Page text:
3D Photogrammetry for Projectile Deformation Analysis
Photogrammetry, Forensics, Ballistics, Projectiles, Project Analysis
All the data of this case study have been kindly provided by Rafael Rodrigues Cunha, Ph.D. in Analytical Chemistry from the Federal University of Uberlândia (Universidade Federal de Uberlândia) and Forensic expert of the Scientific-Technical Police of the State of São Paulo, Brazil.
The following article focuses on a photogrammetry technique tested to assess projectile deformation using 3DF Zephyr. We are incredibly proud to have supported this work with our software solution.
Rafael, along with Sarah Teixeira Costa, Rodrigo Henrique de Oliveira Montes, and Claude Thiago Arrabal, came up with a rather simple, fast, yet effective workflow which has been fully presented during InterForensics 2021, considered the most important Forensic Science event in Latin America that took place on November 2nd to 5th, 2021 in Foz do Iguaçu/pr, Brazil.
“The objective of this work is to develop a procedure using simple, fast, and low-cost photogrammetry technique to assess projectile compression in different targets, calibers, varying shooter distance to establish a relationship within the specific deformation changing.”
According to the research carried out by the team, it’s shown that, statistically, firearms represent one of the major causes of deaths worldwide; besides, in 2019, 70% of homicides registered in Brazil were caused by firearms. Starting from this piece of information, Rafael and his colleagues wanted to set up a photogrammetric approach that could evaluate deformations in projectiles by generating 3D models that could indicate the deformation of the referred object after impacting a target.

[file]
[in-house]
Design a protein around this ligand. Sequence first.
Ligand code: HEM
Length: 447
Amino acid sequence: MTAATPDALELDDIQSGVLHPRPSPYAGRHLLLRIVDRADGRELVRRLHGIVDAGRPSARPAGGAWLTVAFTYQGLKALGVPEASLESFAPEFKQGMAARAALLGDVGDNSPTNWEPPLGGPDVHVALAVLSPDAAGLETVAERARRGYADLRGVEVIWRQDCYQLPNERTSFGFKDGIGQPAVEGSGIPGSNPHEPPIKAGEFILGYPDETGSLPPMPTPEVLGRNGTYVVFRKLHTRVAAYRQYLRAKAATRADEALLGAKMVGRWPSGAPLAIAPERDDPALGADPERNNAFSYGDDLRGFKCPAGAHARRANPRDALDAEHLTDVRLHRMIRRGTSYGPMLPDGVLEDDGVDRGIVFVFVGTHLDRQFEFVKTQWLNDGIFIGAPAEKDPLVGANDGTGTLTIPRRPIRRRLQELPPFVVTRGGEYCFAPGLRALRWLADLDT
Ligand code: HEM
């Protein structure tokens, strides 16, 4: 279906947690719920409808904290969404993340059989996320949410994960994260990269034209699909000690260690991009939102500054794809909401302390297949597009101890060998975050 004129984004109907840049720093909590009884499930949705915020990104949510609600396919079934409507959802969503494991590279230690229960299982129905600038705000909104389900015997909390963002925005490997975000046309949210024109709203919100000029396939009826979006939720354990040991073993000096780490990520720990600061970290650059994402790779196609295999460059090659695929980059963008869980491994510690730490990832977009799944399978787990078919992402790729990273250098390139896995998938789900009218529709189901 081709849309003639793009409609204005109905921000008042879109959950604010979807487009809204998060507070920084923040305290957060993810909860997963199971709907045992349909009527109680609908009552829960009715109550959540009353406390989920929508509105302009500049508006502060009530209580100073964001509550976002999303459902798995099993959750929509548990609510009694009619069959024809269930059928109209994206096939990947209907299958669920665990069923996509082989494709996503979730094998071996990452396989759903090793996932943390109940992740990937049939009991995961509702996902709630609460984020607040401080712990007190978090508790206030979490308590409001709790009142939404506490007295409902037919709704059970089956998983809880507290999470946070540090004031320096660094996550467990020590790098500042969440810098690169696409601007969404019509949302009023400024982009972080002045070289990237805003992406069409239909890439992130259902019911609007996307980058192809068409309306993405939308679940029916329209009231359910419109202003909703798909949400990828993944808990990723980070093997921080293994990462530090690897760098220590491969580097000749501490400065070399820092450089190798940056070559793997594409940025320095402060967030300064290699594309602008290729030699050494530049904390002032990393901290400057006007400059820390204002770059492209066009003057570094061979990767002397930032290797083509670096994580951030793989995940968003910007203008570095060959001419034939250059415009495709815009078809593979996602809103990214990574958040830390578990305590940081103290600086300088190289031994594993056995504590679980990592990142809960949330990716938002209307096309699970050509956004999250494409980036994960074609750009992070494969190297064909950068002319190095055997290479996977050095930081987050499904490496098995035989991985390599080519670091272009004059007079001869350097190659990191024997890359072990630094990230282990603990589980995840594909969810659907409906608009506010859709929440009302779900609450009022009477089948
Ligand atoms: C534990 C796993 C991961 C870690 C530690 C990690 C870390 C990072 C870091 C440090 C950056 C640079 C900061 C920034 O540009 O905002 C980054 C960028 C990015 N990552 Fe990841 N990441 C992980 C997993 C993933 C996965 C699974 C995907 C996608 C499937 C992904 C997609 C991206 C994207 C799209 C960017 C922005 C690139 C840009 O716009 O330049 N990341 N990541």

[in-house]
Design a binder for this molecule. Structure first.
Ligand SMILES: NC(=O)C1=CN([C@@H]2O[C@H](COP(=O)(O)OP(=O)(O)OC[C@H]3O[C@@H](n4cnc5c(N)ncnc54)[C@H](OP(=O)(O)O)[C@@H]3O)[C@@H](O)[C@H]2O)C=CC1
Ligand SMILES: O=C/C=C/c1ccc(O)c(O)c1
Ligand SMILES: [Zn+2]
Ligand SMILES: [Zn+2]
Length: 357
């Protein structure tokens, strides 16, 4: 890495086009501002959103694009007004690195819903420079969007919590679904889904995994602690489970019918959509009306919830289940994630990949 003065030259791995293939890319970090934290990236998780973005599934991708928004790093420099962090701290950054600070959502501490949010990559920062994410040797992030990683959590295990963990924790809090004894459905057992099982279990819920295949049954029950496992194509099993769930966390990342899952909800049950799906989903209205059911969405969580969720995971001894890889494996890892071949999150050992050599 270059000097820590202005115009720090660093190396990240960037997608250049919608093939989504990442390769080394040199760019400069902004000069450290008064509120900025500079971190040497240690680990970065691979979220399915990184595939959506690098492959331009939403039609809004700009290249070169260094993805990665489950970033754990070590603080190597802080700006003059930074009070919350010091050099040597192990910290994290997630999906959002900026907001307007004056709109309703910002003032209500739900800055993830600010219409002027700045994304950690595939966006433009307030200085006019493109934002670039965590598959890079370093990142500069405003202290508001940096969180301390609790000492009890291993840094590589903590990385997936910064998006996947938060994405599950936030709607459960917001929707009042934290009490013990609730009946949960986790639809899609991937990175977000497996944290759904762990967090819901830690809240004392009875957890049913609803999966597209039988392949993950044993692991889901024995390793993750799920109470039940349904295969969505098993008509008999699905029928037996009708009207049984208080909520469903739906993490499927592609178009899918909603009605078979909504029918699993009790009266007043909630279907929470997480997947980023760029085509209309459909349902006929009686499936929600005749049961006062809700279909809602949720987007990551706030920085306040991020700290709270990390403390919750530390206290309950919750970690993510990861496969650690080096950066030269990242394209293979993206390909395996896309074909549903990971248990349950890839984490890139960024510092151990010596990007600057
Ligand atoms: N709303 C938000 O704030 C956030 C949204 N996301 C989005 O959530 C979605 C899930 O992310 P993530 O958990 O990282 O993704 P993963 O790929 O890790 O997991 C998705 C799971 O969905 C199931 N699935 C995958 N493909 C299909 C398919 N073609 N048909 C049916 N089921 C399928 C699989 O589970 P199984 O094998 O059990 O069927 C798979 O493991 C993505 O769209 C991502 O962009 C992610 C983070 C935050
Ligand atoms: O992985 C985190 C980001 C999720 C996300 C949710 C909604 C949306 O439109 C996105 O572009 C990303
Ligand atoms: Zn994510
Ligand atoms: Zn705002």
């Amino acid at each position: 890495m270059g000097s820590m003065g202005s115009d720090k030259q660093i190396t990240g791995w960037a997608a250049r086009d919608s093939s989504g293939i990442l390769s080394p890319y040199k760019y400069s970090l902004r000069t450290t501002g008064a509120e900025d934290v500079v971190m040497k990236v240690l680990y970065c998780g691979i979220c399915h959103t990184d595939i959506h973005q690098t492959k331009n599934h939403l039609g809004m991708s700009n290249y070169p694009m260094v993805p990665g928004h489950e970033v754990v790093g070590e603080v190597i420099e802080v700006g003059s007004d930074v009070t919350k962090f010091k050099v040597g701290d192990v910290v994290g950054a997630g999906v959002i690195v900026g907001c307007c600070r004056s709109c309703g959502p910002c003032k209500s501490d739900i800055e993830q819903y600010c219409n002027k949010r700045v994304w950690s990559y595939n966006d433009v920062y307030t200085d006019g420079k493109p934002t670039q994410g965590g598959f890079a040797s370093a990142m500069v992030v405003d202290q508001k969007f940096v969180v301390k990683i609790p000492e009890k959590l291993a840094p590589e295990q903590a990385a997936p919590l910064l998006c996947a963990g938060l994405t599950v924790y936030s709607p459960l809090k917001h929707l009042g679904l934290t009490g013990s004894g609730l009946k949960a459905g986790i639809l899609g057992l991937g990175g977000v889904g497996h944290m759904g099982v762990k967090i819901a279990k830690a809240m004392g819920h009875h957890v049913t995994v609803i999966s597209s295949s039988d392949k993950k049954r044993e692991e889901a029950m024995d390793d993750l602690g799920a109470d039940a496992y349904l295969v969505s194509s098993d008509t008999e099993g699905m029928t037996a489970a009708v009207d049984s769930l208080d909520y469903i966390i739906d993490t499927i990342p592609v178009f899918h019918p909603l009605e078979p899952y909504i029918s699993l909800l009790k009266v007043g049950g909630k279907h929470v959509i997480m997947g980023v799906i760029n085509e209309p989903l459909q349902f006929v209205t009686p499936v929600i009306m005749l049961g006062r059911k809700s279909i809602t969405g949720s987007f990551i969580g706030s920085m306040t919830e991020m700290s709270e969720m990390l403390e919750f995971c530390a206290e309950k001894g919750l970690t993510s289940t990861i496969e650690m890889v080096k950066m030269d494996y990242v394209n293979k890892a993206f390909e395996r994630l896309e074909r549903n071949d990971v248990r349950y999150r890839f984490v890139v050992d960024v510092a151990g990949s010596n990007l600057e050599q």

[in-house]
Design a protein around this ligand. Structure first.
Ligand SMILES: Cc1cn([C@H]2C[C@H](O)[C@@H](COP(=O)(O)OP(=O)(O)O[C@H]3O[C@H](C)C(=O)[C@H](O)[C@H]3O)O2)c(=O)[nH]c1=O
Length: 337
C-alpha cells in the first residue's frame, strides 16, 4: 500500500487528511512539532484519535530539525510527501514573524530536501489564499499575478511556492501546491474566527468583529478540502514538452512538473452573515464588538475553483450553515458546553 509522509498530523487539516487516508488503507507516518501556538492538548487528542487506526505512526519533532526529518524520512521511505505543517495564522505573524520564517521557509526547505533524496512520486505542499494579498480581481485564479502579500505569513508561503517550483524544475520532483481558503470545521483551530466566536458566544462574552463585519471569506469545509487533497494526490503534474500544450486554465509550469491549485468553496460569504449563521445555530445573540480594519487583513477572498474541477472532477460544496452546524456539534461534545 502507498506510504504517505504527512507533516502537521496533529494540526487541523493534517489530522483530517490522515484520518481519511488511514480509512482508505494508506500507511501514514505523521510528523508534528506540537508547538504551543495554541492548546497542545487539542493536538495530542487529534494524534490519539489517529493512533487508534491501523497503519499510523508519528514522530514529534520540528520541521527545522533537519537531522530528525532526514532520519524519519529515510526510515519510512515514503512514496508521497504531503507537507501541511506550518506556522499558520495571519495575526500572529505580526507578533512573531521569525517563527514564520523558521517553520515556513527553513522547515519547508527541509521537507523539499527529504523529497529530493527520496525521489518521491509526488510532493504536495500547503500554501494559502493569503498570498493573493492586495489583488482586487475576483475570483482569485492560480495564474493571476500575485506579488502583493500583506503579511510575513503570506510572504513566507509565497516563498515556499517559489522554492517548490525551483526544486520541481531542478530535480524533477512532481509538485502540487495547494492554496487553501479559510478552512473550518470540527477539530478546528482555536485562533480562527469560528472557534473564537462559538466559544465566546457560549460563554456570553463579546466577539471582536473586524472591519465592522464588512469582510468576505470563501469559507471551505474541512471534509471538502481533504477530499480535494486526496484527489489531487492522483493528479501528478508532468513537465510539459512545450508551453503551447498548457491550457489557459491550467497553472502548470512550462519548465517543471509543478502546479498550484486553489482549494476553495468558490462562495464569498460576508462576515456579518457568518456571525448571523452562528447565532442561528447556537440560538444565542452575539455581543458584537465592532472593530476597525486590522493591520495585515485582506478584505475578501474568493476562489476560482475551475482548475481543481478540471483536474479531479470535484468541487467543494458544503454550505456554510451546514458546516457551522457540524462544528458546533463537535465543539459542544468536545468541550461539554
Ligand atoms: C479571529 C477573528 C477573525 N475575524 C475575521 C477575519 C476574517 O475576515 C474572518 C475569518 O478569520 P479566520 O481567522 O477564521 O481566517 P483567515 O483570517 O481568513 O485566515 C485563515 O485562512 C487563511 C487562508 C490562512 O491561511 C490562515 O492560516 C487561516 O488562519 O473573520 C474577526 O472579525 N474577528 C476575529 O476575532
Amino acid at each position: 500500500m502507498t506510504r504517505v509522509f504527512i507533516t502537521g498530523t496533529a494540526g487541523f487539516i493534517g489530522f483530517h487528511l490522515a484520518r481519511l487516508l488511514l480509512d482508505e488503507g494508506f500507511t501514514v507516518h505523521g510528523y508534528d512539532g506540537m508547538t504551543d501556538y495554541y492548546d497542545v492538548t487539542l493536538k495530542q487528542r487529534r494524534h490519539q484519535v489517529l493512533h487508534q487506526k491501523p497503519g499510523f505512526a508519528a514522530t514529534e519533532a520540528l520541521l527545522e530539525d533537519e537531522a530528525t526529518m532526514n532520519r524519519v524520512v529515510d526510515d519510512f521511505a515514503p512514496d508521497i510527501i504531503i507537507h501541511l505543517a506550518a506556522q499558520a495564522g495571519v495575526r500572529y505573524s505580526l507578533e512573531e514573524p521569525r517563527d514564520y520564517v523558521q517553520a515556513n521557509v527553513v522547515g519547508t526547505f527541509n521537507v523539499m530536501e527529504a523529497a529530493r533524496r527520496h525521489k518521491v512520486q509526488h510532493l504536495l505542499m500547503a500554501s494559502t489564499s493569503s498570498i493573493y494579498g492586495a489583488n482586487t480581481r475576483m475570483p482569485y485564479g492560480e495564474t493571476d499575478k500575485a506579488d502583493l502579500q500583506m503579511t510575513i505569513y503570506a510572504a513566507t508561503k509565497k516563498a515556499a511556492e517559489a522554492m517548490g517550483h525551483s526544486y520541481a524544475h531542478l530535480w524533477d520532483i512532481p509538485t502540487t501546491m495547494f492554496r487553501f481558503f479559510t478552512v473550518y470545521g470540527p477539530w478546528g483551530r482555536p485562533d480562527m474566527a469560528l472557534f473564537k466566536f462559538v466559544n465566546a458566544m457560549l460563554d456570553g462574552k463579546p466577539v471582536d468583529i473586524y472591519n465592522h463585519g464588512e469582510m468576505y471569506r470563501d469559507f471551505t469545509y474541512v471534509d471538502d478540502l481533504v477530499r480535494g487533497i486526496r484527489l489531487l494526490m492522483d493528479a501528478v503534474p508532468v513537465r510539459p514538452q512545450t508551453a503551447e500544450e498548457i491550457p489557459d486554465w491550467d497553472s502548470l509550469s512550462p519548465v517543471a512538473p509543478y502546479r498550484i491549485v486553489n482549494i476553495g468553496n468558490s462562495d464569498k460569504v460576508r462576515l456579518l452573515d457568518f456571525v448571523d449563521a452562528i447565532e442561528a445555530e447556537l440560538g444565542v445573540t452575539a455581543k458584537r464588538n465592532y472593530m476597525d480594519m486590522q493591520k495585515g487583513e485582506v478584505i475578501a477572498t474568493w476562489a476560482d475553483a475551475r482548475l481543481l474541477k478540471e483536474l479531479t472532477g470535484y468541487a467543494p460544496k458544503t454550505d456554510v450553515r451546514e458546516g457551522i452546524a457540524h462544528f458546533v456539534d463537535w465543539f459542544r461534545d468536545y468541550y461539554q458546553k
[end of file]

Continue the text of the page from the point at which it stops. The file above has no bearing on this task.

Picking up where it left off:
To do so, 4 different full metal jacket calibers – 9 mm LUGER, .380 AUTO, .38 SPL, and .40 S&W – were selected to perform shots, with 120 cartridges each, kindly donated from CBC (Companhia Brasileira de Cartuchos). The projectiles deformation reproducibility was ensured by firing 3 times against 5 distinct materials chosen as targets (kindly provided by Centro de Treinamento Tático – CTT CBC):
- Plywood with Clay brick wall behind
- Dense wood
- Steel plate
- Clay brick wall
- Concrete brick wall
These objects were shots at five different ranges – 5, 10, 20, 30, and 40 m – to guarantee a good amount of data for the subsequent shooter distance analysis. After hitting, each projectile was collected in small plastic bags based on target material and distance.
A Samsung Note 20 mobile phone was used for the photo acquisition step: on average, they shot about 30 pictures for each kind of material and each distance range.
The usage of 8 coded 3DF Zephyr markers, placed all around a template with a 3.2 cm circular grid, significantly improved the 3D reconstruction process inside the software, with the bullets and the different targets placed in the middle of the grid upon an electric-powered turntable (Fig. 1-2).
From all the 480 fired cartridges, only about 25% were recovered after clashing against the targets. In particular, the ones that had hit the steel plate suffered massive fragmentation and couldn’t get measured (Fig. 3). The cartridges recovered from the plywood target presented no significant deformation, indeed preserving the original shape plus barrel imprints.
From this first round of tests and as displayed in the table below (Fig. 4), photogrammetry results matched expectations, especially concerning lower mass and energy with smaller deformations: the .380 AUTO deforms less than 9 mm Luger, showing potential to differentiate both, while .40 S&W and .38 SPL present similar deformation.
Although further analysis will be carried out on this matter, photogrammetry has already proven to be an efficient approach that can significantly help forensic applications and ballistic studies.
You can find the poster of the project displayed during InterForensics at this LINK.